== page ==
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How to use CreateInstance(parameters) without passing the type when any one parameter may be null

Jun 27, 2012 at 8:50 AM

Hi Team,

I am using type extension method CreateInstance method to create a constructor instance dynamically.

But according to my requirement, i want to use the method passing only the parameters, but it throws an error (Object reference not set) when any one parameter is null. i wont be knowing the parameter type at compile time.

object[] parameters = new object[2];

  

 

 

parameters[0] = 1;

parameters[1] =null ;

Type type = Assembly.GetExecutingAssembly().GetType("");

 object obj = type.CreateInstance(parameters);

Please help me asap, this is very urgent.

 

 

  

 

 

Coordinator
Jun 27, 2012 at 1:53 PM

I'm afraid that you will have to qualify the parameters array by either providing a separate type array or by associating a name with each parameter.

If you're able to provide parameter types, do something like the following. This avoids Fasterflect calling GetType() on each parameter, and thus avoids the error you are seeing:

    var obj = type.CreateInstance( new [] { typeof(int), typeof(string) }, parameters );

If you're not able to provide types, you can provide Fasterflect with a set of names instead. Fasterflect will attempt to match the named parameters to either constructor parameters or writeable properties (or any combination thereof that causes all parameters to be used):

    var obj = type.TryCreateInstance( new [] { "foo", "bar" }, parameters ); // first parameter is named "foo", second parameter "bar"

Note that the second option is significantly slower as Fasterflect has to determine which (if any) constructor to use.

Jun 27, 2012 at 2:07 PM
Edited Jun 27, 2012 at 2:09 PM

Hi,

 

Thanks for your response, but according to my requirement I will not be knowing which class I need to call as this is obtained on runtime so I won’t be knowing the parameters type.

I want to know how can it determine the parameters having null value and get their parameter types.

 

Below is not feasible for my case:

var obj = type.CreateInstance( new [] { typeof(int), typeof(string) }, parameters );

 

Awaiting for your reply. 

 

Regards,
Praveen Madhogaria

 

Coordinator
Jun 27, 2012 at 5:11 PM
Edited Jun 27, 2012 at 5:12 PM

Fasterflect provides two different strategies to enable you to create objects:

1) Given known types and values, it can invoke the appropriate constructor. This is the CreateInstance method and it has been designed this way in order to offer the best possible performance.

2) Given a set of key-value pairs (either as an anonymous type, a dictionary or a pair of name and value arrays), it can determine the best option for constructing and populating the object. This is the TryCreateInstance method and it has been designed to offer the greatest ease of use possible.

Sadly, there is no third option that allows you to pass in just a set of values. However, you can fairly easily build your own based on the other methods in Fasterflect:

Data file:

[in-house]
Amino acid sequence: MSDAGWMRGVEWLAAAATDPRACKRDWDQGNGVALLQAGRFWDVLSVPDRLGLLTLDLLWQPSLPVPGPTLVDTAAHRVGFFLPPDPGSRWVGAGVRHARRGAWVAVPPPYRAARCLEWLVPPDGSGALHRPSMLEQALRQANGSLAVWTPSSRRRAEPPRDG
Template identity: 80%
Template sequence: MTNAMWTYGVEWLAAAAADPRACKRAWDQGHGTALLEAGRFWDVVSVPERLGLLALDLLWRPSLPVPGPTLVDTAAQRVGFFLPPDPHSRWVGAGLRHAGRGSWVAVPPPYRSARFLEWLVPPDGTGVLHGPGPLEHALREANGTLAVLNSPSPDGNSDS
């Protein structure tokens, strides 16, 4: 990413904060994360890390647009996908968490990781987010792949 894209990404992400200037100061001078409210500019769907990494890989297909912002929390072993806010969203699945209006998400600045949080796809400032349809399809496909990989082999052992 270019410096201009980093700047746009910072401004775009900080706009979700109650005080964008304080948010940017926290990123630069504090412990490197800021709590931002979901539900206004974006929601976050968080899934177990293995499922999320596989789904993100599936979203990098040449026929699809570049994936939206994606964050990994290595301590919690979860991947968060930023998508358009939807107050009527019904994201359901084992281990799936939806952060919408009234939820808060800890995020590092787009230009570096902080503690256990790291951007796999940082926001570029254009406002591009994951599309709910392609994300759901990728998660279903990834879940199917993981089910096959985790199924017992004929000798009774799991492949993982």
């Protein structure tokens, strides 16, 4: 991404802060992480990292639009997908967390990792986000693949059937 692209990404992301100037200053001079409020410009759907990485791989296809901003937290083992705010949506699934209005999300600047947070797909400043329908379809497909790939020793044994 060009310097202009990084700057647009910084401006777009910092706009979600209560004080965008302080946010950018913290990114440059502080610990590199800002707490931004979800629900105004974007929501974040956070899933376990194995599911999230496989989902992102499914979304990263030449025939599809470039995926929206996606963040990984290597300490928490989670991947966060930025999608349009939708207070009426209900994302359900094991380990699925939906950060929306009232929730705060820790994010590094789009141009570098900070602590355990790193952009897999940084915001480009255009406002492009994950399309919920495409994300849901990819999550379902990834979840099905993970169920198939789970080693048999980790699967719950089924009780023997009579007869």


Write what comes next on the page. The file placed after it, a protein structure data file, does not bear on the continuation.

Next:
var constructors = type.Constructors().Where( c => c.Parameters().Count == parameters.Length );
foreach( var constructor in constructors )
{
    // TODO: you may wish to optimize this by verifying the constructor parameter types against the actual parameter types
    // if the actual parameter is null, verify that the constructor parameter type is either nullable or a reference type
    try { return constructor.CreateInstance( parameters ); }
    catch( Exception ) /* TODO catch something more specific here once you figure out what exception is thrown */ {}
}
throw new NotSupportedException( "No matching constructor found for the given parameters" );

Hope this helps!

Jun 29, 2012 at 8:28 AM
Edited Jun 29, 2012 at 8:37 AM

Hi Mertner,

 

Thanks again for you response. I have tried with the approach you suggested. My code is as below but the performance is slower using this. Can you suggest what may be the reason.

 

Type[] argumentTypes = new Type[Parameters.Length];
bool flag = false;
var constructors = type.Constructors().Where(c => c.Parameters().Count == Parameters.Length);
foreach (var constructor in constructors)
{
    try
    {
       ParameterInfo[] paraType = constructor.GetParameters();
       for (int j = 0; j < Parameters.Length; j++)
       {
           if (Parameters[j] != null)
           {
                argumentTypes[j] = Parameters[j].GetType();

                if (paraType[j].ParameterType.FullName != "System.Object")
                {
                       flag = paraType[j].ParameterType == argumentTypes[j] ? true : false;
                 }
                 else
                 {
                       flag = true;
                 }
            }
            else
            {
                  if (paraType[j].ParameterType.IsValueType)
                  {
                       flag = (paraType[j].ParameterType.IsGenericType) && (paraType[j].ParameterType.GetGenericTypeDefinition() == typeof(Nullable<>)) ? true : false;
                   }
                   else
                   {
                       flag = true;
                   }
             }
             if (flag == false)
             {
                 break;
             }
      }

      if (flag == true)
      {
           obj = constructor.CreateInstance(Parameters);
           break;
       }
}
catch (Exception e)
{
    throw e;
}

 

 

 

Regards,
Praveen Madhogaria

Coordinator
Jul 1, 2012 at 2:24 PM

Well, you're doing a lot of reflection lookups (querying), which is not something that Fasterflect can speed up.

Generally speaking, you can speed up the code in one of two ways:

1) Reduce the number of reflection lookups

2) Re-think the way you construct your objects, such that can provide more information to Fasterflect and thus be able to use some of the faster methods for constructing objects.